Here a little knot of struggling warriors trampled a bed of gorgeouspimalia; there the curved sword of a black man found the heart of athern and left its dead foeman at the foot of a wondrous statue carvedfrom a living ruby; yonder a dozen therns pressed a single pirate backupon a bench of emerald, upon whose iridescent surface a strangelybeautiful Barsoomian design was traced out in inlaid diamonds.

A little to one side stood Thuvia, the Thark, and I. The tide ofbattle had not reached us, but the fighters from time to time swungclose enough that we might distinctly note them.

The black pirates interested me immensely. I had heard vague rumours,little more than legends they were, during my former life on Mars; butnever had I seen them, nor talked with one who had.

They were popularly supposed to inhabit the lesser moon, from whichthey descended upon Barsoom at long intervals. Where they visited theywrought the most horrible atrocities, and when they left carried awaywith them firearms and ammunition, and young girls as prisoners. Theselatter, the rumour had it, they sacrificed to some terrible god in anorgy which ended in the eating of their victims.

I had an excellent opportunity to examine them, as the strifeoccasionally brought now one and now another close to where I stood.They were large men, possibly six feet and over in height. Theirfeatures were clear cut and handsome in the extreme; their eyes werewell set and large, though a slight narrowness lent them a craftyappearance; the iris, as well as I could determine by moonlight, was ofextreme blackness, while the eyeball itself was quite white and clear.The physical structure of their bodies seemed identical with those ofthe therns, the red men, and my own. Only in the colour of their skindid they differ materially from us; that is of the appearance ofpolished ebony, and odd as it may seem for a Southerner to say it, addsto rather than detracts from their marvellous beauty.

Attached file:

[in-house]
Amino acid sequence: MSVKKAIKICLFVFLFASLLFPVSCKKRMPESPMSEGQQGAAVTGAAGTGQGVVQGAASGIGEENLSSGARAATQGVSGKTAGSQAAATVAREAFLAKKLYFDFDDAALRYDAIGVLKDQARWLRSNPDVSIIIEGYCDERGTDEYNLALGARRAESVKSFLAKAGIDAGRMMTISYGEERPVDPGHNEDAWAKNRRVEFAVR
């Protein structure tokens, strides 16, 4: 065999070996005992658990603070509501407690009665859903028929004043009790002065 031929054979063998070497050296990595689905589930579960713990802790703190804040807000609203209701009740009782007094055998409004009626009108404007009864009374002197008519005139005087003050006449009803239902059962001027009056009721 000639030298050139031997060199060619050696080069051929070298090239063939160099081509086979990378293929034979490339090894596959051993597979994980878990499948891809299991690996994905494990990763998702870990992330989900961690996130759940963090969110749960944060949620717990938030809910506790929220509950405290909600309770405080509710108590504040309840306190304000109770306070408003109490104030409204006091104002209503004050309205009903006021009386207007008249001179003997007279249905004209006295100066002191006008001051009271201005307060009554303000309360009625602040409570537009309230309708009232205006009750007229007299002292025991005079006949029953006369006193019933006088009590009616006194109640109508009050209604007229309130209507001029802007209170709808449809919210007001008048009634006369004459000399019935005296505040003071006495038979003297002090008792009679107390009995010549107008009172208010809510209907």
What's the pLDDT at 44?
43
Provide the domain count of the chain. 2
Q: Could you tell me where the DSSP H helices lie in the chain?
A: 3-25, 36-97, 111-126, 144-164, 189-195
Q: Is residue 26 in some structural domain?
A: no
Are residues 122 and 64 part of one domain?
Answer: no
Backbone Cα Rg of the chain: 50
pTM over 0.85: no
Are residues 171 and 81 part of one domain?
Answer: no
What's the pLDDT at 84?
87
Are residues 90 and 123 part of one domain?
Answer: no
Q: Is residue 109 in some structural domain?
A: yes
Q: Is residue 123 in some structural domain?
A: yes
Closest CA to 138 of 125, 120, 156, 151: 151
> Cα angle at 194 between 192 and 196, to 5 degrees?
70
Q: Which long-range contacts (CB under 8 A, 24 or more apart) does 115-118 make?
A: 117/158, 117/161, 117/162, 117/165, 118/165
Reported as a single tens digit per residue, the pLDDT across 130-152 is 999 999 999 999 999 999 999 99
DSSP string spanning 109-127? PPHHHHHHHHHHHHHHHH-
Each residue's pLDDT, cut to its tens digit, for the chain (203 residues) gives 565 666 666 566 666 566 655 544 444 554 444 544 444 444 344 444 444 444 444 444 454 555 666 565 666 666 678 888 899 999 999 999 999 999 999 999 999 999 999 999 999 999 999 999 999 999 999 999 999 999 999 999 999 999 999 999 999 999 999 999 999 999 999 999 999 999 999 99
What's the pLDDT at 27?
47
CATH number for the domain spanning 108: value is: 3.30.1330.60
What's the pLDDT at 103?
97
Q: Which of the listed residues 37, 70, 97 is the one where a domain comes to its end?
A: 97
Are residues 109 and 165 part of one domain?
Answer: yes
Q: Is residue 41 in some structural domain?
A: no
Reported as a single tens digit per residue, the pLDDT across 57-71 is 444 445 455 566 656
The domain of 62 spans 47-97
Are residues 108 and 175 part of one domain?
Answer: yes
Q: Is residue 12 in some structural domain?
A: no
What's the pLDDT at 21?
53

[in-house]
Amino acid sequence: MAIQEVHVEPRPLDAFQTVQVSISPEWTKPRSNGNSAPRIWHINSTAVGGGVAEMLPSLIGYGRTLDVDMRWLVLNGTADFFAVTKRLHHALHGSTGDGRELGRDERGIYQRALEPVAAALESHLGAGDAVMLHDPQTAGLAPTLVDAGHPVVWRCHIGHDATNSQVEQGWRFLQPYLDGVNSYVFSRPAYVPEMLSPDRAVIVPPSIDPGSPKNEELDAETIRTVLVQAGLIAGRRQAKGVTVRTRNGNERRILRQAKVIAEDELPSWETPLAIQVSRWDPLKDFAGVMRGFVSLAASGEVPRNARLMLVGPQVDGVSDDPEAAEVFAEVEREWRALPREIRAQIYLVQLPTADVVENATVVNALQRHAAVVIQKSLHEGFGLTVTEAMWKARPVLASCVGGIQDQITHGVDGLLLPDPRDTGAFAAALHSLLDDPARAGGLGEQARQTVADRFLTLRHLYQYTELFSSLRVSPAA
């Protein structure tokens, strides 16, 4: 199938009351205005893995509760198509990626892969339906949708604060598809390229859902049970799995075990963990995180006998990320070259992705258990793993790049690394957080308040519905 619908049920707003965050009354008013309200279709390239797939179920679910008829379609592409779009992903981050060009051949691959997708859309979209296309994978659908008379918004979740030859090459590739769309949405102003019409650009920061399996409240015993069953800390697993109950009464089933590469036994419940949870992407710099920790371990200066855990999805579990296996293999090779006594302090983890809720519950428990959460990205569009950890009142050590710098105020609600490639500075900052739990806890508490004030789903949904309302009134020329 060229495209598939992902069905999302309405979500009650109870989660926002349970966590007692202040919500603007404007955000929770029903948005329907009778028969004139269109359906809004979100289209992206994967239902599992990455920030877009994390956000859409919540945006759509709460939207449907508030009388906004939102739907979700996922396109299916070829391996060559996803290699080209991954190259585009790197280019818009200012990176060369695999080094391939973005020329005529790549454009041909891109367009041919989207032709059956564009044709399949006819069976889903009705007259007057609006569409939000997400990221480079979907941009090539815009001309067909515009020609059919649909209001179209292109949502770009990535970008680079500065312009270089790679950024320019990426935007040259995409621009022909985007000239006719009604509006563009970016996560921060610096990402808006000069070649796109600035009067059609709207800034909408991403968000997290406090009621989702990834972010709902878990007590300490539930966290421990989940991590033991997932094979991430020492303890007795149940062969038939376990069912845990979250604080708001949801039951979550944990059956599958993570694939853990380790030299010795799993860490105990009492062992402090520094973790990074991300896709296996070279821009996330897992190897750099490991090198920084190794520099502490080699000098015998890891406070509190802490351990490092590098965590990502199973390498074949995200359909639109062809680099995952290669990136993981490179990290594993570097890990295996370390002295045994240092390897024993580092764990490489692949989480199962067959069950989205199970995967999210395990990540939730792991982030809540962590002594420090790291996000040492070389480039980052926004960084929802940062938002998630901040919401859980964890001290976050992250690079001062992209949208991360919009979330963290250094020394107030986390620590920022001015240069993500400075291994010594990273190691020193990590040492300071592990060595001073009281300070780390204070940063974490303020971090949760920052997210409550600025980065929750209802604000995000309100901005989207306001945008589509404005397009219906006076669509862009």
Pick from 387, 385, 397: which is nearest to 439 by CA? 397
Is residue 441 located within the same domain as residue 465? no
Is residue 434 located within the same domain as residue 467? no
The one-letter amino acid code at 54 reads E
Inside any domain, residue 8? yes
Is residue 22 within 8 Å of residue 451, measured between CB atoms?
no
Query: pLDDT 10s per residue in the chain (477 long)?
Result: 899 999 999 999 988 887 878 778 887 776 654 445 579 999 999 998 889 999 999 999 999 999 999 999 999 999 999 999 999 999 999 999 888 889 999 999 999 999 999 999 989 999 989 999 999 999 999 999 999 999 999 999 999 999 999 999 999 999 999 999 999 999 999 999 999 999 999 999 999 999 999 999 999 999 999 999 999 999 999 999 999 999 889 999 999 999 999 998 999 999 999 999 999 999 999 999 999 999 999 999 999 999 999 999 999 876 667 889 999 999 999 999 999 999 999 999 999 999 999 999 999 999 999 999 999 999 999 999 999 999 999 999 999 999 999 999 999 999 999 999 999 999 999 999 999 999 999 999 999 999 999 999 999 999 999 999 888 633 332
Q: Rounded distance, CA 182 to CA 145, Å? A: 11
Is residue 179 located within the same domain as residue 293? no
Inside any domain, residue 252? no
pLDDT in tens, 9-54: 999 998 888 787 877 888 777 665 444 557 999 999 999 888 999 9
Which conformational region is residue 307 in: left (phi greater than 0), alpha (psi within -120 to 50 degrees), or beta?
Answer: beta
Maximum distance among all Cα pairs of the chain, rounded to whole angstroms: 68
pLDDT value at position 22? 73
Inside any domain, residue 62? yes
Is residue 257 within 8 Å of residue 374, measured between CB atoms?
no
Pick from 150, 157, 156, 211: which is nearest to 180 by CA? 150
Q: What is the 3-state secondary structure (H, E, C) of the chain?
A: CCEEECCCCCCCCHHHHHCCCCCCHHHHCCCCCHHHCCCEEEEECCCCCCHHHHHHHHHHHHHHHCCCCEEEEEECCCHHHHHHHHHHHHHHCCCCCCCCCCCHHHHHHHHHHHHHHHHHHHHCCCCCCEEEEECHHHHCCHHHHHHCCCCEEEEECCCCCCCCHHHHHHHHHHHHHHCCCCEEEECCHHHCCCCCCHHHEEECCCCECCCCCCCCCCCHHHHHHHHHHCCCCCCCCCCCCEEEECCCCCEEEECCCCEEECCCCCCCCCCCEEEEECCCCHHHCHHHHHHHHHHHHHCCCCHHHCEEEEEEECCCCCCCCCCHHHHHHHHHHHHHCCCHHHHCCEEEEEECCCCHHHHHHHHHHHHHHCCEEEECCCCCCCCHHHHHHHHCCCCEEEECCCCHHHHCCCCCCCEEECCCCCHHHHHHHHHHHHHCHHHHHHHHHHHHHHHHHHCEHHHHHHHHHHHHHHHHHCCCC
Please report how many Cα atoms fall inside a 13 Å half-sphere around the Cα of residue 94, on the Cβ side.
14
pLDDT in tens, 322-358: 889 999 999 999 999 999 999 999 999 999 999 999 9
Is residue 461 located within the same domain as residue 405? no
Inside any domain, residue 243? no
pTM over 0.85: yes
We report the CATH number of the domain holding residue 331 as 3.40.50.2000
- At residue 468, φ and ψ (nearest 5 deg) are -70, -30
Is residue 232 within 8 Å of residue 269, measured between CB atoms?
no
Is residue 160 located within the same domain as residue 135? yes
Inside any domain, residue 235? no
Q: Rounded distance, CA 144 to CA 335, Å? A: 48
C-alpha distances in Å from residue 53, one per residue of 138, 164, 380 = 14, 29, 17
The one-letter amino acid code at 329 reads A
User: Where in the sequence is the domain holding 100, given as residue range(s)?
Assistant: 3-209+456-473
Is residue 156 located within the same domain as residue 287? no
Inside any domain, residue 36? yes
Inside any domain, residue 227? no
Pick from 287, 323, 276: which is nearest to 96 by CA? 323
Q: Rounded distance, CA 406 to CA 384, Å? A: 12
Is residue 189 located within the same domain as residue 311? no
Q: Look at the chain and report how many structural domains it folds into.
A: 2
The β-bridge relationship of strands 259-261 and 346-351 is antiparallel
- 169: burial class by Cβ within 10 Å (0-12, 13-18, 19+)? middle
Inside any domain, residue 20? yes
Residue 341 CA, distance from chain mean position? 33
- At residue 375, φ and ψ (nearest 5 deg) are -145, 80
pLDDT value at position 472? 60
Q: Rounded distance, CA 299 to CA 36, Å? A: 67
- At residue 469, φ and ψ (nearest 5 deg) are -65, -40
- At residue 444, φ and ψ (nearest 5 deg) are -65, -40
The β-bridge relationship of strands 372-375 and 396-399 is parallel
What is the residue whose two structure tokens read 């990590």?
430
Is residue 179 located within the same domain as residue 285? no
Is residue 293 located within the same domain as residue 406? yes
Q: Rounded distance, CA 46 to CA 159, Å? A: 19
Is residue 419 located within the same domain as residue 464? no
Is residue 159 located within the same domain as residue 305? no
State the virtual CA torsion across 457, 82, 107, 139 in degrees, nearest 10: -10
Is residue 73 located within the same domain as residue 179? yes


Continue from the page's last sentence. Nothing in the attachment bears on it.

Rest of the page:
But if their bodies are divine, their hearts, apparently, are quite thereverse. Never did I witness such a malign lust for blood as thesedemons of the outer air evinced in their mad battle with the therns.

All about us in the garden lay their sinister craft, which the thernsfor some reason, then unaccountable to me, made no effort to injure.Now and again a black warrior would rush from a near by temple bearinga young woman in his arms. Straight for his flier he would leap whilethose of his comrades who fought near by would rush to cover his escape.

The therns on their side would hasten to rescue the girl, and in aninstant the two would be swallowed in the vortex of a maelstrom ofyelling devils, hacking and hewing at one another, like fiendsincarnate.

But always, it seemed, were the black pirates of Barsoom victorious,and the girl, brought miraculously unharmed through the conflict, borneaway into the outer darkness upon the deck of a swift flier.

Fighting similar to that which surrounded us could be heard in bothdirections as far as sound carried, and Thuvia told me that the attacksof the black pirates were usually made simultaneously along the entireribbon-like domain of the therns, which circles the Valley Dor on theouter slopes of the Mountains of Otz.

As the fighting receded from our position for a moment, Thuvia turnedtoward me with a question.